New Reviews of Old Comics
I picked this up at an indoor flea market held during the local Pug Parade. What a flea market has to do with costume wearing pugs, I’m not sure. Although the copy was in decidedly rough shape (an understatement) it’s hard to pass up a story from the Superman Family, and this issue has three! The only new story is “Bride of the Stars” an 18 page yarn starring Supergirl. about Ranar who was born at the exact same time as a female on another planet and the star charts say this lucky girl (three guesses who, and the first two don’t count) is his “star-mate,” which must be like a soul-mate, only more so. Poor Supergirl is all confused when she visits her parents in Kandor and they don’t know who she is. This seems odd, but comes into play later. Eventually Ranar finds Supergirl and explains their cosmic fate, but she’s less than interested because he’s a “Hakawee,” a race Kryptonian’s apparently don’t care much for; and he’s kind of a jerk. After some thought, and flying 200 light years across space, Supergirl finds resolution to her problems. Ranar dumps her, and it turns out her parents only pretended to not know her because they were trying to protect her from Ranar. All is right with the world! This little gem was written by Cary Bates and Elliot S! Maggin, illustrated by Kurt Schaffenberger. Wow. Did it really take the brain power of two people to write this? The 70’s were a crazy time for comics.
Next up is Superman’s Girlfriend Lois Lane in “When Lois and Lana Were Brides,” an eight page reprint from Lois Lane #53 (November 1964). Here Clark is traveling with both Lois and Lana Lane to England when terminally curious Lois presses a button that ejects their row of seats (and only their three seats) from the passenger plane. Of course they land safely, but in a valley covered by English fog that is inhabited by a race of Vikings (or something) left over from ancient times. Their custom is that any single women who enter the valley must marry one of them, or else be frozen in a nearby cave; decisions, decisions. To save his personal harem Clark offers to marry broken hearted Lois (she’s saving herself for Superman of course), then creates a diversion so Superman can show up to and speak for an ecstatic Lana (she can finally stop saving herself) thus keeping them from a Viking honeymoon or a date with the ice cave. Superman uses super-ventriloquism to communicate with the rescue party and super-breath to blow away the fog so Clark, Lois and Lana can be rescued, and the whole marriage thing can be forgotten. The Comics Code Authority prevented any mention of a super-consummation taking place prior to the rescue, but we can only assume. No credits on this one but “Schaffenberger” was written into the clouds on the first panel, so I’m guessing Kurt was the artist. The writer didn’t get credit for this one, voluntarily or otherwise.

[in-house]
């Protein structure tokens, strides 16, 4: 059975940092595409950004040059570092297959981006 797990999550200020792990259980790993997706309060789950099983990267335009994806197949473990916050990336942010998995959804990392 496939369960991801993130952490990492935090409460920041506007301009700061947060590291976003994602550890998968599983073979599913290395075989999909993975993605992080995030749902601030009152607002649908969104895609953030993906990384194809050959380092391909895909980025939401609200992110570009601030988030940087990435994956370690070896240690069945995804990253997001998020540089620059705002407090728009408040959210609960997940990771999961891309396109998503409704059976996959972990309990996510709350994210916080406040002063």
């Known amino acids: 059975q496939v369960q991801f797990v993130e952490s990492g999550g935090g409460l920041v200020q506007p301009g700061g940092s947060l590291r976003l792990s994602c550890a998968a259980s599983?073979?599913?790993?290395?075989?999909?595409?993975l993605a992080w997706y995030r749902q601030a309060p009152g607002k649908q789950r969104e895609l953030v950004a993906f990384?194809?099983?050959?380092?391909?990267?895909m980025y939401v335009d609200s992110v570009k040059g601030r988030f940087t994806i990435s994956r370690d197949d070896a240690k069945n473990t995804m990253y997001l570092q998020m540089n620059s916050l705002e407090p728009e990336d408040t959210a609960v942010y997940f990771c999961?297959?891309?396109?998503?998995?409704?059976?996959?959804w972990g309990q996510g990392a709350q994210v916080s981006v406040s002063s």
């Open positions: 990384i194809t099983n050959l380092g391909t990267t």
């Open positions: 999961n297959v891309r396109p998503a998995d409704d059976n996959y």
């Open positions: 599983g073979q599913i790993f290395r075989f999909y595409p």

Finally Superman’s Pal Jimmy Olsen graces the pages in “Jimmy Olsen’s Secret Love” an eight page reprint from Jimmy Olsen #74 (January 1964). As a side note, it’s really awkward writing Jimmy Olsen so many times in one sentence. Jimmy and his girlfriend Lucy Lane each land assignments that not only put them on the same airplane, but require them to wear glamorous disguises. Naturally neither knows of the others assignment, but clever plotting has them sitting next to each other where they fall immediately and hopelessly in love with the other person’s new identity, with CCA induced guilt pangs about the affair. They part ways without revealing their true identities or how to get in touch with each other (this was before the internet). Superman comes in at some point to save Jimmy (duh), but it’s kind of moot. The real stand-out for this story is when Jimmy and Lucy attend a costume party together. Each is inspired by the “new person” they met for their costumes. Lucy dressed as Jimmy’s alter ego and Jimmy dressed like Lucy’s. Yes, folks, Jimmy Olsen dressed as a woman, dress and all. Lucy wore a tuxedo jacket and top hat with fishnet stockings and high heels. And to top it off, Lucy, dressed as feminine looking man kisses a cross dressing Jimmy on the cheek! Two “women” kissing in 1964! How the hell did this get past the Comics Code Authority?!?!?! Curt Swan and George Klein take credit for the art while the writer is still in Witness Protection.
Oh, there’s also a one pager about Supergirl’s boyfriends. Lame.
Best Ad: As part of their salute to the Bicentennial, DC put numbered (1-33) red, white and blue headings across their July and August comic covers. Anyone sending in at least 25 different headings would get a free metal Superman belt buckle in return! The full page ad even listed the titles and issues numbers that would be accepted, with Superman himself urging readers to “Collect them, save them and then send them!” It makes you wonder how many people cut off the tops of their comics for a belt buckle. Is there a shortage of unmarred copies of Plop #22 or Claw the Unconquered #8 that is under-reported? If I had a time machine, I would totally go back and send in for that belt buckle.